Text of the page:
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Jail diversion tactics will save money says District Court judge
Judge Craig D Hannah Pic: Cian Redmond

13 Jun 2019 / Law Society Print

Jail diversion tactics will save money says judge

The Department of Finance should look hard at the amount of money saved by keeping people out of custody, according to Judge Ann Ryan of the Drug Treatment Court.

“We are not funded at all. We don’t even have a poor box if somebody has no bus fare home,” she said.

“We try to keep people out of prison as much as possible,” she said.

Human rights lecture

Justice Ryan made her remarks after the annual human rights lecture at the Law Society last night. 

The talk was delivered by US Judge Craig D Hannah (pictured), who described the work of his drug treatment court in Buffalo, in upstate New York.

Judge Hannah has diverted almost five hundred users away from custody and into drug treatment programmes, since 2017.

A total of three drug users on the programme have died of overdoses.

“The bigger picture is that this is a wonderful way to save money,” said Justice Ryan.

“It also saves communities, saves families, and saves people who are so ill from their addiction.”

Participants in the Drug Treatment Court have a drug dependency and are referred after they have pleaded guilty or been found guilty of a non-violent crime, committed because of addiction.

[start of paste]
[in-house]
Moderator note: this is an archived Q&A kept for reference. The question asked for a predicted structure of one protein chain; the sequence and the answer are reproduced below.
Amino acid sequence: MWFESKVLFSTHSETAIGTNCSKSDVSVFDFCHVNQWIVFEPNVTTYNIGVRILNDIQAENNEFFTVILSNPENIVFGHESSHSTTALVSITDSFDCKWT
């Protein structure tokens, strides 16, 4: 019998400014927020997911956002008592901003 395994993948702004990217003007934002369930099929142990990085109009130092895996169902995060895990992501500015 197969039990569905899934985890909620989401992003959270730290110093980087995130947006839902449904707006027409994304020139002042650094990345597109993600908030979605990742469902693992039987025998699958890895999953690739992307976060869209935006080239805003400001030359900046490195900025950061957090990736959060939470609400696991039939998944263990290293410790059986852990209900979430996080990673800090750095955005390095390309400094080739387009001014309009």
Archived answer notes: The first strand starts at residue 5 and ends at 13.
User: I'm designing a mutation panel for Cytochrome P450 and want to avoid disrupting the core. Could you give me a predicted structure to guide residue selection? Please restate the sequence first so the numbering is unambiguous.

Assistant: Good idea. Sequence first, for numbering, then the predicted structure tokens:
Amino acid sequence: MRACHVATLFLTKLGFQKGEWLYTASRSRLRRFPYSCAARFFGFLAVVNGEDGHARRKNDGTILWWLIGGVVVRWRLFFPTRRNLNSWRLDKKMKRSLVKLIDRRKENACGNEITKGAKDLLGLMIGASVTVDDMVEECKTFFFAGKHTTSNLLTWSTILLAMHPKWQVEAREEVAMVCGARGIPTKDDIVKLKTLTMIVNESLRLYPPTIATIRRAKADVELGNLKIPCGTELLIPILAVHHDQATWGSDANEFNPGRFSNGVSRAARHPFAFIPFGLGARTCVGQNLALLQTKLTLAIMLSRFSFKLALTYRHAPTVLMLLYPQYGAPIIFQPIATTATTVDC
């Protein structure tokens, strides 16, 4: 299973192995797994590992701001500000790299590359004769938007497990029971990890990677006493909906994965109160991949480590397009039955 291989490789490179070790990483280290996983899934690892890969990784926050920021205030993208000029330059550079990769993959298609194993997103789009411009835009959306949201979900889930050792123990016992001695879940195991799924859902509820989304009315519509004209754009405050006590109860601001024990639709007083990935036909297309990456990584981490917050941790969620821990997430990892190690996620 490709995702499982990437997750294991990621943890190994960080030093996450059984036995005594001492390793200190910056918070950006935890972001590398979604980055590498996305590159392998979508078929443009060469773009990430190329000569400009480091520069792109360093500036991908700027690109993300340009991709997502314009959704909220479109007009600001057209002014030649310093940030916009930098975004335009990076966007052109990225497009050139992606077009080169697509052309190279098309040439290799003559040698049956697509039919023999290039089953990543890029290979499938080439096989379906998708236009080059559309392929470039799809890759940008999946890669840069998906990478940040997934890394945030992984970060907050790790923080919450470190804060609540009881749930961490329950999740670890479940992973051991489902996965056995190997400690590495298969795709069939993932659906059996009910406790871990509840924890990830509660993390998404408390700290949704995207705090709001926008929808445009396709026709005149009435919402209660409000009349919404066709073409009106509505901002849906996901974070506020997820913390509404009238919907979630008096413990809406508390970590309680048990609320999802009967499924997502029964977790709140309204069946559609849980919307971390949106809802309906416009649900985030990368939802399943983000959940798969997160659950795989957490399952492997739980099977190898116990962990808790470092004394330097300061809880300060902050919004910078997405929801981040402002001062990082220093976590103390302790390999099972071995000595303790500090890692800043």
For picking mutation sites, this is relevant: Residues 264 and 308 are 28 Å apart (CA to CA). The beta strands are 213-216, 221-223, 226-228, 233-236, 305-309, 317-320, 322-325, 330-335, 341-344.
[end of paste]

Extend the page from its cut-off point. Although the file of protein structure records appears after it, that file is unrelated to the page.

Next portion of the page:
Positive

Judge Ryan said she envied the success of Judge Hannah’s programme. “But we will keep going. We are very positive and very passionate and we intend to do as much as we can.”

Judge Ryan said that intervention for drug users right at the beginning of the court process is not currently available in Ireland.

She said that ancillary services such as probation, housing and health should be linked up to provide services to rehabilitate drug users.

Rehab

She said that knowing how participants are getting on in drug rehab helps her to decide whether an addict should have access to a child. 

“No one can pull the wool over my eyes,” she says.

The education programme gives participants a sense of self-worth, by helping them to develop skills, Judge Ryan said.

“Our participants can produce all sorts of things on computers and they are quite amazing.”

Judge Ryan said there are good laughs in her court as well and she tries to use language that those before her will understand. She keeps the court informal, using first names.

“I was told today my hair looked great,” she said.

“There’s always fun in tragedy, at some level, if we have a sense of humour, they have a sense of humour as well.”

 

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